Diphtheria is a life-threatening infection of the upper respiratory tract caused by Corynebacterium diphtheria. It also affects internal organs and/or the skin.In Europe, both diphtheria and tetanus are rare infections due to universal childhood vaccination and regular boosters [ECDC 2013].
Diphtheria is an example of a disease where maintaining high vaccination coverage through all age groups is necessary despite the rarity of the disease today. ECDC recommends high routine and booster diphtheria vaccination coverage to prevent future outbreaks in the EU [ECDC 2013].
Risk groups for contracting diphtheria include women and older people:
- Women may have closer contact with pets (which can harbour bacteria) and be less likely to have routine military vaccinations than men [ECDC 2013]
- Adults aged 45–65 have reduced immunity due to the absence of booster doses [ECDC 2013]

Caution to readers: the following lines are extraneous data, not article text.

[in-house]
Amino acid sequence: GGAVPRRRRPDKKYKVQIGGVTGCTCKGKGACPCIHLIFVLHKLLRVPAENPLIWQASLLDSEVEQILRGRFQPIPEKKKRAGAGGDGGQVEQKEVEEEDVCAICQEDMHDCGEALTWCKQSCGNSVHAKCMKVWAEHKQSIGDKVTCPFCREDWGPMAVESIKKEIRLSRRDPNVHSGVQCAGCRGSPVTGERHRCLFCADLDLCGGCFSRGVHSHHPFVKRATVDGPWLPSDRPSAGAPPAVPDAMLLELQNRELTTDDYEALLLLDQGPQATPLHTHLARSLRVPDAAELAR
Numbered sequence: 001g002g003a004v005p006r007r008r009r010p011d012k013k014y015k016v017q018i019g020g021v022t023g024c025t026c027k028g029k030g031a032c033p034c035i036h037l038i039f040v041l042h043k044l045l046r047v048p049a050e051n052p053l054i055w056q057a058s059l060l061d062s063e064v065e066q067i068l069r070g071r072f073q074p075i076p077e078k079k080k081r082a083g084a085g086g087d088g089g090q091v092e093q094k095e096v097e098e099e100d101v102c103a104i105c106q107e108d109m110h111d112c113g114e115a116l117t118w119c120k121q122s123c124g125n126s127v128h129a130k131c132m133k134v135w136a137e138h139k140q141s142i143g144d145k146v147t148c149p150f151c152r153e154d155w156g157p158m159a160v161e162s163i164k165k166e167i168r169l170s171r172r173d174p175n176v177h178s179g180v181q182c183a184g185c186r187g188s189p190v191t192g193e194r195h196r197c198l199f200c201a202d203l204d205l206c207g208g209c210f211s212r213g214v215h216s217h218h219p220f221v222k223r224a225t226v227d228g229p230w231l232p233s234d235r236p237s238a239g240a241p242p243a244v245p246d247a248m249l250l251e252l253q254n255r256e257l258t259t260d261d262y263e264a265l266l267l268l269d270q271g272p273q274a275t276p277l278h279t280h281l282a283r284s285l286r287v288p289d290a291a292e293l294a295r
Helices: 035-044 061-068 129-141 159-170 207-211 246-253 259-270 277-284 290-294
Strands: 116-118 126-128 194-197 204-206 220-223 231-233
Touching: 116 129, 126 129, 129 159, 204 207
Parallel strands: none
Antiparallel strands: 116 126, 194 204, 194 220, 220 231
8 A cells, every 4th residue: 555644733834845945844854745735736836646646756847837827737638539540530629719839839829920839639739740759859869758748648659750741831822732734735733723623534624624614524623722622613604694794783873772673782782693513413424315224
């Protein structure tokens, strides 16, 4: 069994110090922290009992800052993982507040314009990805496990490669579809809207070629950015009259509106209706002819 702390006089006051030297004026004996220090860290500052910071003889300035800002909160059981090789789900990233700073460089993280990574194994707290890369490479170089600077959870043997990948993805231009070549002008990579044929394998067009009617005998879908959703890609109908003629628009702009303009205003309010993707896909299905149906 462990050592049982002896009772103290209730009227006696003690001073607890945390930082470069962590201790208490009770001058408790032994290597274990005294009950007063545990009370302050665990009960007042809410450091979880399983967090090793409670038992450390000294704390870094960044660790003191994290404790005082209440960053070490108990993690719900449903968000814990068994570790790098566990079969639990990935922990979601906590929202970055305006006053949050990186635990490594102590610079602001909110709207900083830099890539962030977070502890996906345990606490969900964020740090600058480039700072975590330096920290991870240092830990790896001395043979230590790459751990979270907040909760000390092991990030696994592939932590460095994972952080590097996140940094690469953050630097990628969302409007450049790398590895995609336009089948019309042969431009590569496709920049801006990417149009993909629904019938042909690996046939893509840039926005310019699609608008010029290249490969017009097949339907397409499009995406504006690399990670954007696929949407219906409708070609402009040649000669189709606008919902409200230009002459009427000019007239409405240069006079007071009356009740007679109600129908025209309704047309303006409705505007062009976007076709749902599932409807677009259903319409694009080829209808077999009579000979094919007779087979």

- Older people may never have been properly vaccinated against diphtheria; in Spain less than half of those born before 1975 were properly vaccinated [ECDC 2013]
In 2010, there were only 14 confirmed cases of diphtheria in the EU (Figure 6).
- Cases occurred in France, Germany, Latvia and the UK
- Most cases were women aged 45 years and older [ECDC 2013]
- Although rare in the EU, diphtheria remains prevalent in some of the countries of the former Soviet Union (Latvia, Russia and Ukraine).
- Sporadic cases reported from Europe may have been imported from countries where diphtheria is still endemic [European Diphtheria Surveillance Network]
- There is a risk of new outbreaks if population immunity is suboptimal [ECDC 2013]
Summary of key points
- Diphtheria is a life-threatening infection which mainly affects women and older people
- Only sporadic cases in Europe
- To prevent future outbreaks, there is a need for vaccination through all age groups